The same is true for jihadists who aim to brutally establish their vision of Islamic rule at the expense not only of non-Muslim minorities but also Muslims they deem no different than infidels.
Civilisationalism provides the justification for men like Hungary’s Mr. Orban to adopt militant anti-migration policies and launch attacks laced with anti-Semitism on liberals like financier and philanthropist George Soros.
It also fuels China’s crackdown on Turkic Muslims in the north-western province of Xinjiang, an attempt to Sinicize Islam and the most frontal assault on the Islamic faith in recent memory.
Similarly, civilisationalism validates Mr. Modi’s notions of India as a Hindu civilizational state and Mr. Trump’s anti-Muslim and anti-migrant policies and his continued vacillation between lending racism and white supremacism legitimacy and condemning far-right exclusivism.
Civilisationalism poses a threat not only to the world we live in today but to the outcome of the geopolitical struggle of what will be the new world order. The threat goes beyond the battle for spheres of influence or competition of political systems.
Civilisationalism creates the glue for like-minded thinking, if not a tacit understanding, between men like Messrs. Xi, Orban, Modi and Trump, on the values that should undergird a new world order.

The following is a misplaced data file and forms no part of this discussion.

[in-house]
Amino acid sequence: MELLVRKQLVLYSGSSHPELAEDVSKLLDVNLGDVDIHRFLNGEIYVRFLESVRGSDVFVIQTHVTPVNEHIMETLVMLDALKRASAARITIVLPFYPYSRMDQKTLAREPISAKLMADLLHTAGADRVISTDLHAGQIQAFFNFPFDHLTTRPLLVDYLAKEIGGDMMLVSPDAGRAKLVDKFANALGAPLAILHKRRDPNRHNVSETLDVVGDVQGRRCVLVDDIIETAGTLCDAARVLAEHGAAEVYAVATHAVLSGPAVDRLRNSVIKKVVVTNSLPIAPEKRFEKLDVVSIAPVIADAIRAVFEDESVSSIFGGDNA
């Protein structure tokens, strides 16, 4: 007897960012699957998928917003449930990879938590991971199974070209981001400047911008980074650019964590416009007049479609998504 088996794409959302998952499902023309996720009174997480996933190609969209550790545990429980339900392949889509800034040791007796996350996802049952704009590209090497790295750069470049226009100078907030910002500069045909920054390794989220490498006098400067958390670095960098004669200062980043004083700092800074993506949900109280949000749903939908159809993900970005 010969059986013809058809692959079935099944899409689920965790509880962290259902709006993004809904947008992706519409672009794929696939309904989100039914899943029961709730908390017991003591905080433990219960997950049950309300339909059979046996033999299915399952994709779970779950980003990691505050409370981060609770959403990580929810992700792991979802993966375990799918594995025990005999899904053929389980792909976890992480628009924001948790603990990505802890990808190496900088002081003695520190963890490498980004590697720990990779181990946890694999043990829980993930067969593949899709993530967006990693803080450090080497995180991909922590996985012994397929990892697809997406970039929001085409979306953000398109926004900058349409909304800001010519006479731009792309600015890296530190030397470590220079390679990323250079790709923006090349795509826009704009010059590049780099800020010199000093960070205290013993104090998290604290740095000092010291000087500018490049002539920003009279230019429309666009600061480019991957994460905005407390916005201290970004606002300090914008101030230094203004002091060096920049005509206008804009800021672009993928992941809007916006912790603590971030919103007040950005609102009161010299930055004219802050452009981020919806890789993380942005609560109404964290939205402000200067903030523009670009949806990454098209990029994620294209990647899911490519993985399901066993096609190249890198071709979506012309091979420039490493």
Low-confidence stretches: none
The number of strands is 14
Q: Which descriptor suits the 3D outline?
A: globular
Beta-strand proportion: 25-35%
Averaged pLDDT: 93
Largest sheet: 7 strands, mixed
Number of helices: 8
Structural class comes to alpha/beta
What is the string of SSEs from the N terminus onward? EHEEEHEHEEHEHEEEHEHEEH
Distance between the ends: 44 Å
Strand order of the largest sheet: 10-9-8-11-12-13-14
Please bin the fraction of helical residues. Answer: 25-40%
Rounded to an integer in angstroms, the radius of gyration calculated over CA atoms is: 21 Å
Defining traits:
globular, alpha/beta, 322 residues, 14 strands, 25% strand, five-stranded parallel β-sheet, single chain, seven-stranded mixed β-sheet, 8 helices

These men couch their policies as much in civilisationalism as in terms of defense of national interest and security.
Their embrace of civilisationalism benefits from the fact that 21st century autocracy and authoritarianism vests survival not only in repression of dissent and denial of freedom of expression but also maintaining at least some of the trappings of pluralism.
Those trappings can include representational bodies with no or severely limited powers, toothless opposition groups, government-controlled non-governmental organizations, and some degree of accountability.
The rise of civilisationalism is further facilitated by a failure to realize that the crisis of democracy and the revival of authoritarianism did not emerge recently but dates back to the first half of 1990s.
Political scientists Anna Lührmann and Staffan I. Lindberg concluded in a just published study that some 75 countries have embraced elements of autocracy since the mid-1990s. Key countries among them have also adopted aspects of civilisationalism.
The scholars, nonetheless, struck an optimistic tone. “While this is a cause for concern, the historical perspective…shows that panic is not warranted: the current declines are relatively mild and the global share of democratic countries remains close to its all-time high,” they said.
This week’s attack in Christchurch is one of multiple civilizational writings on the wall.